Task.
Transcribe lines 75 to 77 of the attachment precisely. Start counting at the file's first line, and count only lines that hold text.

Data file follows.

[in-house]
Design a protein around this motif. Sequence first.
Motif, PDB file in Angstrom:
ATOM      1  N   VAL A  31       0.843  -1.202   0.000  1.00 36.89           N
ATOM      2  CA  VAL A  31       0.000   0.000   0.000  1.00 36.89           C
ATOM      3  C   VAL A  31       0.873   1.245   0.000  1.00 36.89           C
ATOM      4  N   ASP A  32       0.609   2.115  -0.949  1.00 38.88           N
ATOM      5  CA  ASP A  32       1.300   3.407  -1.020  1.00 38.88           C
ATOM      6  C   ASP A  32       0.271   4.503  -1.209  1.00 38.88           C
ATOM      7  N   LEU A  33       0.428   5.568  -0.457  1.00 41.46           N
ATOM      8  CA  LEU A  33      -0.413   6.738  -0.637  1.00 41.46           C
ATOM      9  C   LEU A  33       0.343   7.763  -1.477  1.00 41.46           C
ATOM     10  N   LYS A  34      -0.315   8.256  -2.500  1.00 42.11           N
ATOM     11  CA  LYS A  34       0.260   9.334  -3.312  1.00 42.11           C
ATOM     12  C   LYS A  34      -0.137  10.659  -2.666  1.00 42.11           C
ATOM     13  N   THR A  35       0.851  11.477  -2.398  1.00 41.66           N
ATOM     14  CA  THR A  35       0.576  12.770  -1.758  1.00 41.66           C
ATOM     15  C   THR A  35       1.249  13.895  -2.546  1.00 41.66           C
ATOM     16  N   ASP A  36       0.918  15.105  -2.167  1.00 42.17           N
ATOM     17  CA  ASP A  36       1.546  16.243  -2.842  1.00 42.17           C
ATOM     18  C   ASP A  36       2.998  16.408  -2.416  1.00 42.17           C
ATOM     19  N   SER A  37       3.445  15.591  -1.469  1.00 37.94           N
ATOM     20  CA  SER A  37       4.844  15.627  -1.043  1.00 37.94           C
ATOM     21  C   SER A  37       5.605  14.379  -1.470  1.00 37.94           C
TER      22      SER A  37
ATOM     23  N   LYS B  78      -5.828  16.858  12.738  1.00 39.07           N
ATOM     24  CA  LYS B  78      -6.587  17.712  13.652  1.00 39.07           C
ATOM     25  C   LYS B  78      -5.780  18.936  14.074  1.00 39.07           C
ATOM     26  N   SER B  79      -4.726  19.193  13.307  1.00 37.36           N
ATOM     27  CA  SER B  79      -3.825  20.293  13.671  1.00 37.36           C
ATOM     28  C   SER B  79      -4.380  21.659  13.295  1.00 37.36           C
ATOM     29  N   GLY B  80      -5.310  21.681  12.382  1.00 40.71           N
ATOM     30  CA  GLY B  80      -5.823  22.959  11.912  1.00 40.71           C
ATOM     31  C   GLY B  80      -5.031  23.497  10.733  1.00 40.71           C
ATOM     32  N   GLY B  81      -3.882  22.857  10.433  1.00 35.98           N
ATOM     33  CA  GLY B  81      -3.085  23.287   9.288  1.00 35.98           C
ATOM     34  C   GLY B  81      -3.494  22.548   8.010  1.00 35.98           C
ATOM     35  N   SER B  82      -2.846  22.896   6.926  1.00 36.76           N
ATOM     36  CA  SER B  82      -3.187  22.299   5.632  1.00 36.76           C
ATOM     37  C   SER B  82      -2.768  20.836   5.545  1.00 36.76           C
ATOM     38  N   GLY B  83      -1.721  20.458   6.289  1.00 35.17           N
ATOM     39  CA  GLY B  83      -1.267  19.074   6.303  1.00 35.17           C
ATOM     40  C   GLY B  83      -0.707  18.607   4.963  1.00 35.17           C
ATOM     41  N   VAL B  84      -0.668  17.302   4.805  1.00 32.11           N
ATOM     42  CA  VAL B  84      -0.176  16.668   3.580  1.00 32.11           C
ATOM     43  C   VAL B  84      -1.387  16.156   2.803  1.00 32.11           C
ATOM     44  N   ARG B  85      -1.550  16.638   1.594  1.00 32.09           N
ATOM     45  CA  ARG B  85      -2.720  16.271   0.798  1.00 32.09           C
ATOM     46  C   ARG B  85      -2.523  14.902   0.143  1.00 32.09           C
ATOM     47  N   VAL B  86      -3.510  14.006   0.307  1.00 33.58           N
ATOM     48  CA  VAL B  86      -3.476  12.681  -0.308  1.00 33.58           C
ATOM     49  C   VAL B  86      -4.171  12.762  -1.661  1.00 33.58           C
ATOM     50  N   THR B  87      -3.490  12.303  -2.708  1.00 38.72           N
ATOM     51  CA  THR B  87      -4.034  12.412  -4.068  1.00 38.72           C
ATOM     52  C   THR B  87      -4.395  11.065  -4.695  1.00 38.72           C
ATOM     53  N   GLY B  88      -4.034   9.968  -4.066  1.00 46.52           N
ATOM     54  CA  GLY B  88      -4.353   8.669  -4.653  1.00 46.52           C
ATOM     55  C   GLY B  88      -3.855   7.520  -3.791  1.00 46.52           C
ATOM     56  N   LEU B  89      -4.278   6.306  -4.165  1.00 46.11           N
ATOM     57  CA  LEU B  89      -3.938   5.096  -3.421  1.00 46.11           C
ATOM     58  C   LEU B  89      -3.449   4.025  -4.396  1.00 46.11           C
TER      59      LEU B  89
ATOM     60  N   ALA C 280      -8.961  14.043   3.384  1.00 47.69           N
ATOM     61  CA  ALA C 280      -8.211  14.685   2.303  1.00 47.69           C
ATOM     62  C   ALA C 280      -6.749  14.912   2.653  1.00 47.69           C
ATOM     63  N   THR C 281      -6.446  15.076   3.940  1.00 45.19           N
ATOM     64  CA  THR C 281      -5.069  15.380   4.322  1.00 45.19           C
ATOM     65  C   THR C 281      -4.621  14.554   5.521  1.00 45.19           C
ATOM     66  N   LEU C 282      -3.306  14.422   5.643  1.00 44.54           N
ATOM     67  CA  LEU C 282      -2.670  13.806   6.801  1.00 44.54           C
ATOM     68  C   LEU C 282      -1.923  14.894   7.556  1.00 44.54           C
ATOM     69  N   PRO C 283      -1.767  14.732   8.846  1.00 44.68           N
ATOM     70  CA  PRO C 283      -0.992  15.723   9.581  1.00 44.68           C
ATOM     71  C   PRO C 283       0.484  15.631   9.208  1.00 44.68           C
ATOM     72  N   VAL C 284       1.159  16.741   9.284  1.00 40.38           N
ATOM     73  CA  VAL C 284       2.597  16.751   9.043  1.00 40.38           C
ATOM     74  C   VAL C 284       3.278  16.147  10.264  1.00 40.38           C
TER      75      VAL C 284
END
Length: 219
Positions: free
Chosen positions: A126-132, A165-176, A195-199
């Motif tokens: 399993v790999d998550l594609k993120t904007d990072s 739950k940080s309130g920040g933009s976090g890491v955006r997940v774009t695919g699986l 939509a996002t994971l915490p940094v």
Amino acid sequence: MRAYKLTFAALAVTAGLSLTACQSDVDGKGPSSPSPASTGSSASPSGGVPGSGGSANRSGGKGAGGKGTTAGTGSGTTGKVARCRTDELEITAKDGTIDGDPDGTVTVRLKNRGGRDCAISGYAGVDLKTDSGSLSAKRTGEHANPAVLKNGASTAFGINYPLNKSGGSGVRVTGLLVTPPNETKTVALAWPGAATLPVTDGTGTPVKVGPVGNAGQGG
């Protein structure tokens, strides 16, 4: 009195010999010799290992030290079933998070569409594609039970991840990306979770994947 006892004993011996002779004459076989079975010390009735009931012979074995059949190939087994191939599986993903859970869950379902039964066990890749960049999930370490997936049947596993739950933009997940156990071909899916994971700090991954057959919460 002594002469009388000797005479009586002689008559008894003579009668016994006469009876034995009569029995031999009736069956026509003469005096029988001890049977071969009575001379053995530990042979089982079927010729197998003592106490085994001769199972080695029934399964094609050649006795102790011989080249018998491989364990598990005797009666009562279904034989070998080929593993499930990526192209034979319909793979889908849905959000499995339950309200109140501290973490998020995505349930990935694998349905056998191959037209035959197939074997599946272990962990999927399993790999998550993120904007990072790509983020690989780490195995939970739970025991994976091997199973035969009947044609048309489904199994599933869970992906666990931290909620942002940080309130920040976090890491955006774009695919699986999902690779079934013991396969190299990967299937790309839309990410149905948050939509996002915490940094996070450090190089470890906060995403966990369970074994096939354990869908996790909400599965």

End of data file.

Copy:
ATOM     72  N   VAL C 284       1.159  16.741   9.284  1.00 40.38           N
ATOM     73  CA  VAL C 284       2.597  16.751   9.043  1.00 40.38           C
ATOM     74  C   VAL C 284       3.278  16.147  10.264  1.00 40.38           C